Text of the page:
7. Imposes New Financial Limits on Medicaid Waivers. States may seek waivers from the federal government allowing the state to stop having to follow certain federal Medicaid requirements so the state can test experimental, pilot, or demonstration projects that promote the objectives of the Medicaid program. Normally, states would have to ensure this would be “budget neutral” to the federal government over the course of the waiver period (typically five years), thus, can spend more federal funds up front to build new infrastructure or provide more intensive services. AHCA takes away states’ flexibility to spend these waiver funds up front by imposing yearly budget caps.

8. Repeals Essential Health Benefits (EHBs) for Medicaid Expansion Beneficiaries. Under the ACA, states that expanded coverage to non-pregnant childless adults had to provide coverage in at least the 10 “essential health benefit” categories. AHCA repeals this requirement, which will no longer apply after December 31, 2019, resulting in beneficiaries losing services such as mental health and substance use disorder services, and losing access to some free preventive health services.

9. Repeals Enhanced Funding for States for Community First Choice (CFC) Attendant Supports. Established under the ACA, the “Community First Choice Option” allows States to provide home and community-based attendant services and supports to eligible Medicaid enrollees under their State Medicaid Plan. CFC funds assist individuals with Activities of Daily Living (ADLs), habilitative services and emergency back-up systems like electronic indicators. CFC also gives states the option to cover many of the costs of transitioning individuals from institutional care to supported community living, including rent deposits, moving expenses and some nonmedical transportation. Some of these services compliment the transition services. AHCA repeals the 6% increase in funds established to cover these services starting January 1, 2020.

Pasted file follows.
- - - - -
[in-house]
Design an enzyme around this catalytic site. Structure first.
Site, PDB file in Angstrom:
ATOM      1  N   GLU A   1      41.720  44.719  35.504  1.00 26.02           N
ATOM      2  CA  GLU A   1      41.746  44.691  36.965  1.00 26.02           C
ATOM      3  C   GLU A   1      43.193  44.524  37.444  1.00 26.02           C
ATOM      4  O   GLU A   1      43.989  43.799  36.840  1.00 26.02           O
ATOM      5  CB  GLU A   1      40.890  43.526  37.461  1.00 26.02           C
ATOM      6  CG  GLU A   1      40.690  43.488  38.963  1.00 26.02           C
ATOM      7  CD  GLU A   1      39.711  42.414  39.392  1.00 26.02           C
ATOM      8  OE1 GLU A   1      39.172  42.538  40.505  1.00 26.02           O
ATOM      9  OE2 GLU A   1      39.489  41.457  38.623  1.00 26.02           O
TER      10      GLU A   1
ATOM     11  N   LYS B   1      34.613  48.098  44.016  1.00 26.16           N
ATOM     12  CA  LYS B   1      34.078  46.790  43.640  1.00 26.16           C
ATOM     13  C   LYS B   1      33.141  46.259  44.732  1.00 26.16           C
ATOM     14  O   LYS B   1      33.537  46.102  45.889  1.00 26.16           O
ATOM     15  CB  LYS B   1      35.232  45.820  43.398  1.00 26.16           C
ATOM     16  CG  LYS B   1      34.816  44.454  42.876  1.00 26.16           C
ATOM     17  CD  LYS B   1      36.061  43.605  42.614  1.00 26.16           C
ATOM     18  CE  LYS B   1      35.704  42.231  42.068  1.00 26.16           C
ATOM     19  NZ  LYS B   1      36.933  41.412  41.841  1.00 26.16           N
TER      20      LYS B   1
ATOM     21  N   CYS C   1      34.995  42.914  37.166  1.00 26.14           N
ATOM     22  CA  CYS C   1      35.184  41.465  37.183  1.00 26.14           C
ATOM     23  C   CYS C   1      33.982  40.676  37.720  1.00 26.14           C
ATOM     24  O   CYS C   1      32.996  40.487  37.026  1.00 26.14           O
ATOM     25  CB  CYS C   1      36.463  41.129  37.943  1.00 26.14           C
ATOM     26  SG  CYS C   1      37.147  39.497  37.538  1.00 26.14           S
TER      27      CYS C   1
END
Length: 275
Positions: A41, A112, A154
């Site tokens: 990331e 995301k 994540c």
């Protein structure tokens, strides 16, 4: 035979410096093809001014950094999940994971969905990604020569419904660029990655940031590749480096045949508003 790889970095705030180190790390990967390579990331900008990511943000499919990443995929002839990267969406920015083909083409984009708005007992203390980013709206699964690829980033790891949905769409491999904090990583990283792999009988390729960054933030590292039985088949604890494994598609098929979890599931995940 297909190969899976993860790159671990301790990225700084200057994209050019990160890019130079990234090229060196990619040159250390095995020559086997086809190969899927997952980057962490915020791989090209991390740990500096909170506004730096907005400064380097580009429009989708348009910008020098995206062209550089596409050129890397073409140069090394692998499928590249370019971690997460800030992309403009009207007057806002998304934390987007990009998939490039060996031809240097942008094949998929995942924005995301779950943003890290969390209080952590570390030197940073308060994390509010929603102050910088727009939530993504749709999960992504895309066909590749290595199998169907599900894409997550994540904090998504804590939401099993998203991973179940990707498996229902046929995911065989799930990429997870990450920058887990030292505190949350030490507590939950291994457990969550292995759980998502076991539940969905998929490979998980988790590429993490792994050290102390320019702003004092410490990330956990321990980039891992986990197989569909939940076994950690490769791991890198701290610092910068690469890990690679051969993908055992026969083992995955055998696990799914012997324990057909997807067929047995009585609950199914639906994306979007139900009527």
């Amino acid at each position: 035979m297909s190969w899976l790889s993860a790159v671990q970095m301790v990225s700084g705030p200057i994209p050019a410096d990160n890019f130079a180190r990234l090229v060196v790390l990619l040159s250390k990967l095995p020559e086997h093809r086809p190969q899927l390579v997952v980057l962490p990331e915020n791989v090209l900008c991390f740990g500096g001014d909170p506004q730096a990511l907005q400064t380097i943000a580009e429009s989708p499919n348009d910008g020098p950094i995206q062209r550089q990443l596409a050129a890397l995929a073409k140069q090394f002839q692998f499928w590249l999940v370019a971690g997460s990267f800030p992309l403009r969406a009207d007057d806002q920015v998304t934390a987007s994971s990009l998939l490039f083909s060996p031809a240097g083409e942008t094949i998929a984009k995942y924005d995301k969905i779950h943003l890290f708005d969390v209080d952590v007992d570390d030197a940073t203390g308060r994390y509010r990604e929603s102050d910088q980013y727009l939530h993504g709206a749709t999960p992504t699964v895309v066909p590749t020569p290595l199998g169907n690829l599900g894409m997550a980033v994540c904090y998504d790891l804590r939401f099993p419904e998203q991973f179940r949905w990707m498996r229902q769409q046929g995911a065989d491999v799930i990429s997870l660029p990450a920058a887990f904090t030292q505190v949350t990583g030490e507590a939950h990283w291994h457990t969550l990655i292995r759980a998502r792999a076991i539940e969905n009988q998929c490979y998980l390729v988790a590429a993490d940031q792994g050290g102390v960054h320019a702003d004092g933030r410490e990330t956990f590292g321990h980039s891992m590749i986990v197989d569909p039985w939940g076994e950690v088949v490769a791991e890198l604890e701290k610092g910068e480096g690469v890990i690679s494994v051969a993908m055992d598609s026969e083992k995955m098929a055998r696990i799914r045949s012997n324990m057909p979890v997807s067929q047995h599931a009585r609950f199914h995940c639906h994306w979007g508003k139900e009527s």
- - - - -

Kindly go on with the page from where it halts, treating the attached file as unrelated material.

10. Limits Home Equity Exclusions. Currently, individuals needing nursing home or other long-term care services must have home equity below a certain limit to qualify for those Medicaid services. States can exclude up to $750,000 of these individuals’ home equity. AHCA prohibits states from exceeding $500,000 of home equity, starting 6 months after the bill is enacted into law, potentially limiting the availability of nursing home and other long term care services to individuals who may live in high-cost areas and have substantial home equity but limited income and other assets.

Changing the financing of Medicaid from a guarantee (or “entitlement”) to a per capita cap and these other changes to Medicaid threaten everyone — enrollees who receive services, health care providers who provide care through Medicaid, families who live and work without the worry of providing expensive care to a child with a debilitating illness or an older adult who needs home care or nursing home care, and all communities which benefit from the jobs created and the federal dollars flowing into our state economies. Cutting $880 billion in federal funding and 14 million individuals off Medicaid creates significant financial hardship for states and is devastating for low-income and vulnerable people everywhere. No one can afford these changes.

What the CBO Score means for Colorado

This is a reprint published by The Colorado Center on Law and Policy (CCLP).  CCLP is a nonprofit, non-partisan research and advocacy organization that engages in legislative, administrative and legal advocacy on behalf of low-income Coloradans.

Yesterday, the Congressional Budget Office and the staff of the Joint Committee on Taxation estimated that the House Republicans’ American Health Care Act would increase the number of uninsured Americans by 24 million over the next 10 years, result in big reductions in assistance for lower-income consumers who purchase insurance on the state exchange, and lead to a precipitous 25 percent drop in federal funding for Medicaid over 10 years. Read this analysis from CCLP’s Bethany Pray and this fact sheet for more details.
The short-term changes from theAct would be significant. With 14 million Americans projected to be uninsured just one year from now, approximately 238,000 more Coloradans could lose or forgo coverage. The repeal of the mandate to purchase insurance would be one factor in people’s decision-making. Those most likely to drop coverage would be younger Coloradans, while those with greater health needs would have reason to stay in. When carriers have to pay more for a typical enrollee, they raise premiums. That shift in the health status of those who are covered is projected to increase premium rates in 2018 and 2019 by 15 to 20 percent. These and successive drops in coverage will return Colorado to a scenario where hospitals must cover increasing amounts of uncompensated care, and that drives up costs for everyone.

You can learn more through the Protect Our Care Colorado website.